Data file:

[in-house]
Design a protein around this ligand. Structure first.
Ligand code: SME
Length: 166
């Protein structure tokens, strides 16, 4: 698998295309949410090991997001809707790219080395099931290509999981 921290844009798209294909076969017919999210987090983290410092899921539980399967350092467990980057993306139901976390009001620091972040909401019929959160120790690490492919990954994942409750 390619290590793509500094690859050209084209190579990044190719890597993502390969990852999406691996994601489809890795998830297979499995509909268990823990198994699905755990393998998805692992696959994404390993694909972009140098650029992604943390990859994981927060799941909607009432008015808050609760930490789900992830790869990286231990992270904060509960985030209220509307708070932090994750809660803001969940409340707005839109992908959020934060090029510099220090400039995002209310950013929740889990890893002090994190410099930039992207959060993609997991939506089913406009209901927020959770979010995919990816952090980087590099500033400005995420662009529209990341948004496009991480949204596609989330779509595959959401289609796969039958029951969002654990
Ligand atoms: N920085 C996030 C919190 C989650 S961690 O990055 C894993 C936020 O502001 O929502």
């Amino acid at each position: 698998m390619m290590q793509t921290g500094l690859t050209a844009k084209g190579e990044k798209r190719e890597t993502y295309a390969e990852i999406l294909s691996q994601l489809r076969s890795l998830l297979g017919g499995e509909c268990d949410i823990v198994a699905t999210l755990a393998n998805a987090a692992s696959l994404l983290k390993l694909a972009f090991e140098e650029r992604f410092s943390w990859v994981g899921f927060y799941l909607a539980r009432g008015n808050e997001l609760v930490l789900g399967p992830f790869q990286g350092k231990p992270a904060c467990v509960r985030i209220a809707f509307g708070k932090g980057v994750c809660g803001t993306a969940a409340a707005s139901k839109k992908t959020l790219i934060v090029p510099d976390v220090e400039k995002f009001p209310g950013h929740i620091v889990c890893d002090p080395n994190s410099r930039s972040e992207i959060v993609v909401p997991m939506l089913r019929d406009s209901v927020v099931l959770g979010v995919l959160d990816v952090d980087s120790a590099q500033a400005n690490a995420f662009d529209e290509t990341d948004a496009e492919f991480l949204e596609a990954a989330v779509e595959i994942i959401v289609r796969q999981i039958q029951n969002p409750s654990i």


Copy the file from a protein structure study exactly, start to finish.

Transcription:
[in-house]
Design a protein around this ligand. Structure first.
Ligand code: SME
Length: 166
């Protein structure tokens, strides 16, 4: 698998295309949410090991997001809707790219080395099931290509999981 921290844009798209294909076969017919999210987090983290410092899921539980399967350092467990980057993306139901976390009001620091972040909401019929959160120790690490492919990954994942409750 390619290590793509500094690859050209084209190579990044190719890597993502390969990852999406691996994601489809890795998830297979499995509909268990823990198994699905755990393998998805692992696959994404390993694909972009140098650029992604943390990859994981927060799941909607009432008015808050609760930490789900992830790869990286231990992270904060509960985030209220509307708070932090994750809660803001969940409340707005839109992908959020934060090029510099220090400039995002209310950013929740889990890893002090994190410099930039992207959060993609997991939506089913406009209901927020959770979010995919990816952090980087590099500033400005995420662009529209990341948004496009991480949204596609989330779509595959959401289609796969039958029951969002654990
Ligand atoms: N920085 C996030 C919190 C989650 S961690 O990055 C894993 C936020 O502001 O929502």
């Amino acid at each position: 698998m390619m290590q793509t921290g500094l690859t050209a844009k084209g190579e990044k798209r190719e890597t993502y295309a390969e990852i999406l294909s691996q994601l489809r076969s890795l998830l297979g017919g499995e509909c268990d949410i823990v198994a699905t999210l755990a393998n998805a987090a692992s696959l994404l983290k390993l694909a972009f090991e140098e650029r992604f410092s943390w990859v994981g899921f927060y799941l909607a539980r009432g008015n808050e997001l609760v930490l789900g399967p992830f790869q990286g350092k231990p992270a904060c467990v509960r985030i209220a809707f509307g708070k932090g980057v994750c809660g803001t993306a969940a409340a707005s139901k839109k992908t959020l790219i934060v090029p510099d976390v220090e400039k995002f009001p209310g950013h929740i620091v889990c890893d002090p080395n994190s410099r930039s972040e992207i959060v993609v909401p997991m939506l089913r019929d406009s209901v927020v099931l959770g979010v995919l959160d990816v952090d980087s120790a590099q500033a400005n690490a995420f662009d529209e290509t990341d948004a496009e492919f991480l949204e596609a990954a989330v779509e595959i994942i959401v289609r796969q999981i039958q029951n969002p409750s654990i």